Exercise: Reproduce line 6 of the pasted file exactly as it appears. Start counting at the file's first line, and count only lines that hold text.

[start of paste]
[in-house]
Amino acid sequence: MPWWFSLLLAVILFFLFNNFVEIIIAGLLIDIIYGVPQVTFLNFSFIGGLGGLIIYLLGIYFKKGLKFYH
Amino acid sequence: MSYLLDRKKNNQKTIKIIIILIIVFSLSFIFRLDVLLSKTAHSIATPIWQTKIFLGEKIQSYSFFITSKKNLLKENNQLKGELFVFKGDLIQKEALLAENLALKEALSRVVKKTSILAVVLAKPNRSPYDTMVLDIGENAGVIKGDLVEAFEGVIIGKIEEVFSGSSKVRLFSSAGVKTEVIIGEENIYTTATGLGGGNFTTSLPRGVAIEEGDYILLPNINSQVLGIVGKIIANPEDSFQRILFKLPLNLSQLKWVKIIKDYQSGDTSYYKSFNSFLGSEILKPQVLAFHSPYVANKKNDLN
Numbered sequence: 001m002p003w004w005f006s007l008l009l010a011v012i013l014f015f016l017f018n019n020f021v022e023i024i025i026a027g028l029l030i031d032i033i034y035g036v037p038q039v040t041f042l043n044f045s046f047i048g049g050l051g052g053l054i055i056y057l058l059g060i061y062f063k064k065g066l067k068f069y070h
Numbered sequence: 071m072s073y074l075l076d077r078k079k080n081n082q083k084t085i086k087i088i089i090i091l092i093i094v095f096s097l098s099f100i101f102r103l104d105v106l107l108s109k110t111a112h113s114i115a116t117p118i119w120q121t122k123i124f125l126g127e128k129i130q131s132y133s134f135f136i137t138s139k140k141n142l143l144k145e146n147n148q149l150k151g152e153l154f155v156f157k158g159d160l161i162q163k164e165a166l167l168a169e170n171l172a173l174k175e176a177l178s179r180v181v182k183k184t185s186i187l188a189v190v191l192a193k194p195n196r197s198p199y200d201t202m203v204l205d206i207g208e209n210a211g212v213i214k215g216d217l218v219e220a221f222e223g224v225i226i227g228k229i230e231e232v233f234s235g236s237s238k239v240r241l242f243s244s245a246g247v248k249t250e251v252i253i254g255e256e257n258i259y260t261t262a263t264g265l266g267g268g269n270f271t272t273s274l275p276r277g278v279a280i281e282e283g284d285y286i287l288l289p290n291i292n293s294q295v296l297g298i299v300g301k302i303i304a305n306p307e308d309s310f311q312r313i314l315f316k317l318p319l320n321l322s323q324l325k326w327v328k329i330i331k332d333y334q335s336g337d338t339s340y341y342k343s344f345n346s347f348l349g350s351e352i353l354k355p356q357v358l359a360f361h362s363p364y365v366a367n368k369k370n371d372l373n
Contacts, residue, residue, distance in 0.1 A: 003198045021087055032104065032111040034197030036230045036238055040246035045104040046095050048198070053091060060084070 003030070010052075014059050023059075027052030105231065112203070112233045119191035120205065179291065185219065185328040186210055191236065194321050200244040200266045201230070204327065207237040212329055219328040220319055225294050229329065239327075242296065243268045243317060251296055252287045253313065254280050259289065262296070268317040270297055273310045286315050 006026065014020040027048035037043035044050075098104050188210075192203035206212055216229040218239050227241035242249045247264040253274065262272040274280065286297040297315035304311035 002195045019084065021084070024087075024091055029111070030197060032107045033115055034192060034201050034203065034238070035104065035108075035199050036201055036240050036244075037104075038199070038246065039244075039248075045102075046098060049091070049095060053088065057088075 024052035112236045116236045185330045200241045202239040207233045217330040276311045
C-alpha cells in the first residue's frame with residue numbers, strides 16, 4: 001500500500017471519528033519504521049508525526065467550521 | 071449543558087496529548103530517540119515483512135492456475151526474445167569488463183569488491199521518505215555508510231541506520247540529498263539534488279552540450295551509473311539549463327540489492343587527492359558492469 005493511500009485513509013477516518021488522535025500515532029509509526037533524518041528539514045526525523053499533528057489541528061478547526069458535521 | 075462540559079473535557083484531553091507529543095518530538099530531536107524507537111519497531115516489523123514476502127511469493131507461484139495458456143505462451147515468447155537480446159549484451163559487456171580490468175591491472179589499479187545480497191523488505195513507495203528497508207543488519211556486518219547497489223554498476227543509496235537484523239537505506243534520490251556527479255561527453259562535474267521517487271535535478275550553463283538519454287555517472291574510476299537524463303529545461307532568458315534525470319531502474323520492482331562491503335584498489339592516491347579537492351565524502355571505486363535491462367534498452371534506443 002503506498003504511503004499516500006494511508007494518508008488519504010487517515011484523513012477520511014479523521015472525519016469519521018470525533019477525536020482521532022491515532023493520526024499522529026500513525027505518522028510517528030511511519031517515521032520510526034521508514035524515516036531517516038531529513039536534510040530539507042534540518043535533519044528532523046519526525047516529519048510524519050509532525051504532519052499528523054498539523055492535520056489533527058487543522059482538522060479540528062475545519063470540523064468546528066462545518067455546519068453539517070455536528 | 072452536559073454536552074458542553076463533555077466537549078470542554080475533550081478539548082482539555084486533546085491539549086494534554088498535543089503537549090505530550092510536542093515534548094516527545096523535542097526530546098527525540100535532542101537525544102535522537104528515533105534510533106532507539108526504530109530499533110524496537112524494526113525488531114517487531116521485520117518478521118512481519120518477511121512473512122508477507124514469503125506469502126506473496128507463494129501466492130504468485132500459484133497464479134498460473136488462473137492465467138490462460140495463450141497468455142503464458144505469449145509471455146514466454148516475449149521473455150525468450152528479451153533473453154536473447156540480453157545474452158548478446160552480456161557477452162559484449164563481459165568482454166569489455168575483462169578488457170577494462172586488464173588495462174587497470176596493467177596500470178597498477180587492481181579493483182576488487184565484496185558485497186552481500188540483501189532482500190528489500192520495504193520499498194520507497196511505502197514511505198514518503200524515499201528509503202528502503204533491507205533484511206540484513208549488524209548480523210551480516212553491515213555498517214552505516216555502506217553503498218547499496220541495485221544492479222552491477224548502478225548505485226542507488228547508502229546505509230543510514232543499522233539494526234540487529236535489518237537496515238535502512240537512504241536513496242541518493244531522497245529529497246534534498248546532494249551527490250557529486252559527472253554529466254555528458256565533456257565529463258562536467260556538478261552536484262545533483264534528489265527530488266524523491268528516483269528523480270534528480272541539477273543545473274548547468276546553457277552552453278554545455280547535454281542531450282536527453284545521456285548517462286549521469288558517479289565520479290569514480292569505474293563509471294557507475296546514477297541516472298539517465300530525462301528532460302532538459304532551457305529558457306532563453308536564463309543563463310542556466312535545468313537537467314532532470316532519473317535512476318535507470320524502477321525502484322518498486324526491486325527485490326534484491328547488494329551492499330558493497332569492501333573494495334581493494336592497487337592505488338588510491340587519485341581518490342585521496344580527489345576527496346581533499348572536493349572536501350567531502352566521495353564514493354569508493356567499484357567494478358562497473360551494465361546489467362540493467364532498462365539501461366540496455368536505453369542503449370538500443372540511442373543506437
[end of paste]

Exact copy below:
Contacts, residue, residue, distance in 0.1 A: 003198045021087055032104065032111040034197030036230045036238055040246035045104040046095050048198070053091060060084070 003030070010052075014059050023059075027052030105231065112203070112233045119191035120205065179291065185219065185328040186210055191236065194321050200244040200266045201230070204327065207237040212329055219328040220319055225294050229329065239327075242296065243268045243317060251296055252287045253313065254280050259289065262296070268317040270297055273310045286315050 006026065014020040027048035037043035044050075098104050188210075192203035206212055216229040218239050227241035242249045247264040253274065262272040274280065286297040297315035304311035 002195045019084065021084070024087075024091055029111070030197060032107045033115055034192060034201050034203065034238070035104065035108075035199050036201055036240050036244075037104075038199070038246065039244075039248075045102075046098060049091070049095060053088065057088075 024052035112236045116236045185330045200241045202239040207233045217330040276311045